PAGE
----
Gear on Dire Straits’ first TV appearance at Old Grey Whiste Test

Posted on Posted in Amps, Dire Straits/ Mark Knopfler live pictures and videos, Effects, Guitars, Mark Knopfler gear

I recently watched the video clips of Dire Straits performing Sultans of Swing and Lions live on the British Old Grey Whistle Test again.  It is one of the earliest videos that exist, recorded in Manchester on May 15, 1978, about three months after the first CD.

Sultans of Swing

Lions

Let’s have a look at the gear we can see in this clip. Knopfler plays his red maple neck Fender (# 80470) with the greenish pickguard that originally belongs  on his other red Strat (click here for more info). The black volume knob is missing, just like on all pictures from early ’78. He had the brown guitar strap on all pictures before late October 1979, an easy way to tell the year an old Dire Straits picture is from. The intro and the middle solo of Lions are played with the middle pick-up it seems, the verses and Sultans of Swing with bridge & middle pick-ups.

The amp is a silverface Fender Twin Reverb, probably the same he played with a Marshall cab on the two videos  from middle 1978 (a playback of Sultans of Swing and Wild West End from June 12, and Sultans of Swing in the Revolver show, July 9.) He actually had the Twin until October 1978 when he replaced it with the Music Man HD 130 212 .  David plays a Twin, too. There is another guitar amp: a small Peavey backstage amp, on the left side of the stage near the bass amp. I have no idea what it is intended for. On the mentioned playback videos of Sultans of Swing and Wild West End you can see it there as well (note that although these are only playback, the stage is properly built up with all their normal  gear it seems, maybe for the next day’s gig, Sheffield, June 13).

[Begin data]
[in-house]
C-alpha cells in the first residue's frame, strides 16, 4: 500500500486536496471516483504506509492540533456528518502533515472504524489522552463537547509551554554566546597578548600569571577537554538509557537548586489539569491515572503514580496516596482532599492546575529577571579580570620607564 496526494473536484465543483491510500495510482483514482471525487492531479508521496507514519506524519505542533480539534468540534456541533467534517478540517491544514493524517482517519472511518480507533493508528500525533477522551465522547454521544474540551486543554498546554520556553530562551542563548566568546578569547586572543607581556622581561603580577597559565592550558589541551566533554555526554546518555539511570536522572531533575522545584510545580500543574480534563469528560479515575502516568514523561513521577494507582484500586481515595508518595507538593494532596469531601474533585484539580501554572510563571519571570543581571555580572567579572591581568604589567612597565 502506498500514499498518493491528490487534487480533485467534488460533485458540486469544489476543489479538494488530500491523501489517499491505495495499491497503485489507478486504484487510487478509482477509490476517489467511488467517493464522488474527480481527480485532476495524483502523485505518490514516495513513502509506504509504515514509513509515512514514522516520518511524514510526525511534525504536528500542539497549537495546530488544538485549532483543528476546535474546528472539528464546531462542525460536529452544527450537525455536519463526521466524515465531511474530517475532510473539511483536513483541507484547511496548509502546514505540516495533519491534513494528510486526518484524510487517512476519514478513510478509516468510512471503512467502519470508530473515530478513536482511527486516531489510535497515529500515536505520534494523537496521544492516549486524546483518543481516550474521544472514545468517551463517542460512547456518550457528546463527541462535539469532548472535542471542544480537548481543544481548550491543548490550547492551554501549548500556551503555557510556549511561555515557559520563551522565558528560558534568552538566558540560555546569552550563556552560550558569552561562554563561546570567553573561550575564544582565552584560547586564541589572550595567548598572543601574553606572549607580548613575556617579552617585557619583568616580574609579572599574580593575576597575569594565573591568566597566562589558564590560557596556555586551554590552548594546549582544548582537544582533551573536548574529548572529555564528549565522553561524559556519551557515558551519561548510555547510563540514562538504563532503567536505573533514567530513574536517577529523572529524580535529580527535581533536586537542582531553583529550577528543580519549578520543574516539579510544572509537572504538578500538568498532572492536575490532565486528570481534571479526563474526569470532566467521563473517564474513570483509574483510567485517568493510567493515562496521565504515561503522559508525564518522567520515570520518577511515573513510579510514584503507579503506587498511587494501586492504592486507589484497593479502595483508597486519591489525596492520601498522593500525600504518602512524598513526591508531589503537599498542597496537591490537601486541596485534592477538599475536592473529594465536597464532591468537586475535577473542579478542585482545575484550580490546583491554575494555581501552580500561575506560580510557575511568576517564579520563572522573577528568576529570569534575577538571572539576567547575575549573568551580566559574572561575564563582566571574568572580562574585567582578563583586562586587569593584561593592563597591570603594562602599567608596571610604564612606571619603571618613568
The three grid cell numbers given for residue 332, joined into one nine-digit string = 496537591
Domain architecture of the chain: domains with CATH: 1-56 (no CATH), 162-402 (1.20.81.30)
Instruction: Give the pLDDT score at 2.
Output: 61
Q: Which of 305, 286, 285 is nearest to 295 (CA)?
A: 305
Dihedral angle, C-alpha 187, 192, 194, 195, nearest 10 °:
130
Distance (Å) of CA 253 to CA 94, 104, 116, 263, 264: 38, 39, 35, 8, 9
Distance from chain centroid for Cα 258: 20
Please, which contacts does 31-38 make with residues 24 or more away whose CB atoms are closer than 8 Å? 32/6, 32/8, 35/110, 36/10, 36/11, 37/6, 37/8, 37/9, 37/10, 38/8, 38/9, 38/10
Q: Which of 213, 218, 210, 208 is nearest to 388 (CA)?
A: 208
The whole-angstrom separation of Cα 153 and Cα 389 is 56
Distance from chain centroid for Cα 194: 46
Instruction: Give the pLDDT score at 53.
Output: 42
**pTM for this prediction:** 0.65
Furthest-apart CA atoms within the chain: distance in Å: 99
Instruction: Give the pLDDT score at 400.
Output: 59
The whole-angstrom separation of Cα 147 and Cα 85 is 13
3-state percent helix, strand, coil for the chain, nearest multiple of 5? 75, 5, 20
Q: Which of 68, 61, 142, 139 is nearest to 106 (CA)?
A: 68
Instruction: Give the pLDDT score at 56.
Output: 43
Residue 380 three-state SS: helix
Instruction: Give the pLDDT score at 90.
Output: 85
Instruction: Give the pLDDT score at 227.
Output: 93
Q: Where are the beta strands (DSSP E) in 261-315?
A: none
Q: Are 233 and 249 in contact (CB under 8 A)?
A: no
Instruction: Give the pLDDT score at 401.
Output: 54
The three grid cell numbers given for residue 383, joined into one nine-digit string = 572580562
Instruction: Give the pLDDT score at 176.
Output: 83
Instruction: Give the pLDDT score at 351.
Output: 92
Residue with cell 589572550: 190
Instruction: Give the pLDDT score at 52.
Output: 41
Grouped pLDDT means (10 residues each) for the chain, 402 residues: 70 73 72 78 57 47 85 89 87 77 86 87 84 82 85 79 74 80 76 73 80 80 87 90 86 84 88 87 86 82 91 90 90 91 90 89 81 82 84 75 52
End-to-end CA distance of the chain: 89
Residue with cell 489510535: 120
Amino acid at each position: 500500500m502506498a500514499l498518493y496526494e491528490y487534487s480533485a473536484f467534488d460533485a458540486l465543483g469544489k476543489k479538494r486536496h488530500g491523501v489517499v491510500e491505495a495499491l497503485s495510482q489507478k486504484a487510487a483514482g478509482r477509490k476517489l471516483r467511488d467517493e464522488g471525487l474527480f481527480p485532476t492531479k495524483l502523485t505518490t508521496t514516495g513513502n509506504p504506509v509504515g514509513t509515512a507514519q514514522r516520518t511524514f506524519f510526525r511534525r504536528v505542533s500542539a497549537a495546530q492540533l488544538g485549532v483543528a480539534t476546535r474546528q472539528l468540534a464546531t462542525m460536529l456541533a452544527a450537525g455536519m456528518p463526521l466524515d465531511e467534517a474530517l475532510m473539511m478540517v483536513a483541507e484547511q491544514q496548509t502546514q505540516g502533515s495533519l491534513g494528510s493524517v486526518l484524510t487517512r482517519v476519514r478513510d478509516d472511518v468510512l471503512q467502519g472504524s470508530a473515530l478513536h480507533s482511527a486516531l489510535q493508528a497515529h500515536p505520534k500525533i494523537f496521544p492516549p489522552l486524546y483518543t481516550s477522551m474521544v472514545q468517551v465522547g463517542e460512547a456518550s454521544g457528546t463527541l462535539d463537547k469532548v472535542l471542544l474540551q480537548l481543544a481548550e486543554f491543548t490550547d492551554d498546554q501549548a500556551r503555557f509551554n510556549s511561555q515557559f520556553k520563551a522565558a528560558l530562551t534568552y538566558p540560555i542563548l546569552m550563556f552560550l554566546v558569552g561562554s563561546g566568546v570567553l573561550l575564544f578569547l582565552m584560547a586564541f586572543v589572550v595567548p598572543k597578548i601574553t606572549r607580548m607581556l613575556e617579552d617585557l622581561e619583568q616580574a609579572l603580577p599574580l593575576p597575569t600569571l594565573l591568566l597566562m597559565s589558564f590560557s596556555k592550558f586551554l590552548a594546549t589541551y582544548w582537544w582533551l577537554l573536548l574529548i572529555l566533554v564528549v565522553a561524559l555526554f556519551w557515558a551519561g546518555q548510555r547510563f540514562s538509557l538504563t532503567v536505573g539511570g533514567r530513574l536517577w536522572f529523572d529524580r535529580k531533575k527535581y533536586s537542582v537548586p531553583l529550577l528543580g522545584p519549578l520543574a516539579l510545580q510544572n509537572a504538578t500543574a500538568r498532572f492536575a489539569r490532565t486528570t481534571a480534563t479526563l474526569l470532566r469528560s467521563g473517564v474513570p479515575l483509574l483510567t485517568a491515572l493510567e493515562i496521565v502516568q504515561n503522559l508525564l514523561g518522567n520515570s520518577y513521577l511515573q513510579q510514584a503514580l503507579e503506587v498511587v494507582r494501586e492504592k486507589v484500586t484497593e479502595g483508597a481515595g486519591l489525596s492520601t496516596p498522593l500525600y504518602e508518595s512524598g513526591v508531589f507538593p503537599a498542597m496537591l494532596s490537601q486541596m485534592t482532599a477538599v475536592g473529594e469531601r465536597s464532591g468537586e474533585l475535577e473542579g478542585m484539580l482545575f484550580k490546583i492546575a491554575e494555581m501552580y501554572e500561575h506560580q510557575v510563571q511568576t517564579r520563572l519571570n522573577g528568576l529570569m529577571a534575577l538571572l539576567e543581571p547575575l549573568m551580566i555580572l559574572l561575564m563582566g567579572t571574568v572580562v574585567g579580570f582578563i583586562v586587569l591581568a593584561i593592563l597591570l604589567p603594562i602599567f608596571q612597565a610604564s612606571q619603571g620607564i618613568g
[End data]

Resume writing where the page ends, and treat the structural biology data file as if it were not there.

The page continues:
Knopfler definitely uses the Morley volume pedal here. And the green MXR analog delay can be seen on the right side of the microphone stand at the beginning of Sultans of Swing. What is strange however it that at the beginning of Lions Knopfler taps with his right foot on two effects it seems, first the MXR right of the microphone stand, then on something left of it (but right of the Morley). I have no idea what this is, but this article seems related here. Maybe a compressor or some boost?

The sound on both clips is fat and warm with some distortion. If you have ever played a silverface Twin this is a bit surprising because the Twin is rather associated with a crsip, cristal clear sound.

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13 thoughts on “Gear on Dire Straits’ first TV appearance at Old Grey Whiste Test

  1. Hello Ingoraven,greetings from Kosovo.I am a big fan of Mark Knopfler and I came across this blog this morning,I tell you it’s Fantastic.Can you please show us some acoustic sounds using MK’s technique,or something from his solo albums like Devil Baby for example.Thank you very much,I have subscribed to you via RSS so keep uploading.

  2. In the other post I said it must be a Dynacomp, but if it happens to be a grey box and not a red one, it can still be a Ross compressor… what do you think? Turning up the level on those can surely give enough boost to make the Twin break up a bit. Or he pulled out two power tubes, to bring down the power to around 40 Watts, then he could turn it up fully.